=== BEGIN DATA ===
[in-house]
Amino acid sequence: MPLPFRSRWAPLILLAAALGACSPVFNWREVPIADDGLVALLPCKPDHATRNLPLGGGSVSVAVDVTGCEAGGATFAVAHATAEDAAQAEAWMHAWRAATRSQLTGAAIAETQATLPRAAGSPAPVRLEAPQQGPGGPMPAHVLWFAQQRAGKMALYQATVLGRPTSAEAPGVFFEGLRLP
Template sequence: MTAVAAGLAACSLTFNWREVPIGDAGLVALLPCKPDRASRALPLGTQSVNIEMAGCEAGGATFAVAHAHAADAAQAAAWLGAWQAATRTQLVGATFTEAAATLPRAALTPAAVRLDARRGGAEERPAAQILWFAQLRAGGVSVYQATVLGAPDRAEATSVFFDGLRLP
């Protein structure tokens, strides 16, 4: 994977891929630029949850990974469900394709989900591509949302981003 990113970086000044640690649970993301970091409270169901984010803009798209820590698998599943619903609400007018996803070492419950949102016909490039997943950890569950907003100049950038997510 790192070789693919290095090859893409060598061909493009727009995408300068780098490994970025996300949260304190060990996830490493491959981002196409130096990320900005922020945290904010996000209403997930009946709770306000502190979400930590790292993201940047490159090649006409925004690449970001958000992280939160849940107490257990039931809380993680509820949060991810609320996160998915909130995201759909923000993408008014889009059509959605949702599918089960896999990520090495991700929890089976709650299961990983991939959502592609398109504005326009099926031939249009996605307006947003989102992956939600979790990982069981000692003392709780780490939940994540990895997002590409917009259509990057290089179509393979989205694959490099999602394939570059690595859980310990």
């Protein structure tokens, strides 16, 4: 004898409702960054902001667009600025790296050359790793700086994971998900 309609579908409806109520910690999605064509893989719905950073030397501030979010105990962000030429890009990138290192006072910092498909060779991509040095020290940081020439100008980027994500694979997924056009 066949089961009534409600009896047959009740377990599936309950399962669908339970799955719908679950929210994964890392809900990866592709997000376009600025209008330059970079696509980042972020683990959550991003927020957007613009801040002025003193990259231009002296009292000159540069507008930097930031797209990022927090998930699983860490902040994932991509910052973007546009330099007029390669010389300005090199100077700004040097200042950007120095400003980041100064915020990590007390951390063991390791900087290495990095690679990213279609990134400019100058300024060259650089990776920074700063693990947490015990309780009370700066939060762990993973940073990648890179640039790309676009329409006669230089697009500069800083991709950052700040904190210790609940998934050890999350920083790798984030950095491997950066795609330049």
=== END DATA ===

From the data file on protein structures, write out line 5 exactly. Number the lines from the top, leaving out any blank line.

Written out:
């Protein structure tokens, strides 16, 4: 004898409702960054902001667009600025790296050359790793700086994971998900 309609579908409806109520910690999605064509893989719905950073030397501030979010105990962000030429890009990138290192006072910092498909060779991509040095020290940081020439100008980027994500694979997924056009 066949089961009534409600009896047959009740377990599936309950399962669908339970799955719908679950929210994964890392809900990866592709997000376009600025209008330059970079696509980042972020683990959550991003927020957007613009801040002025003193990259231009002296009292000159540069507008930097930031797209990022927090998930699983860490902040994932991509910052973007546009330099007029390669010389300005090199100077700004040097200042950007120095400003980041100064915020990590007390951390063991390791900087290495990095690679990213279609990134400019100058300024060259650089990776920074700063693990947490015990309780009370700066939060762990993973940073990648890179640039790309676009329409006669230089697009500069800083991709950052700040904190210790609940998934050890999350920083790798984030950095491997950066795609330049």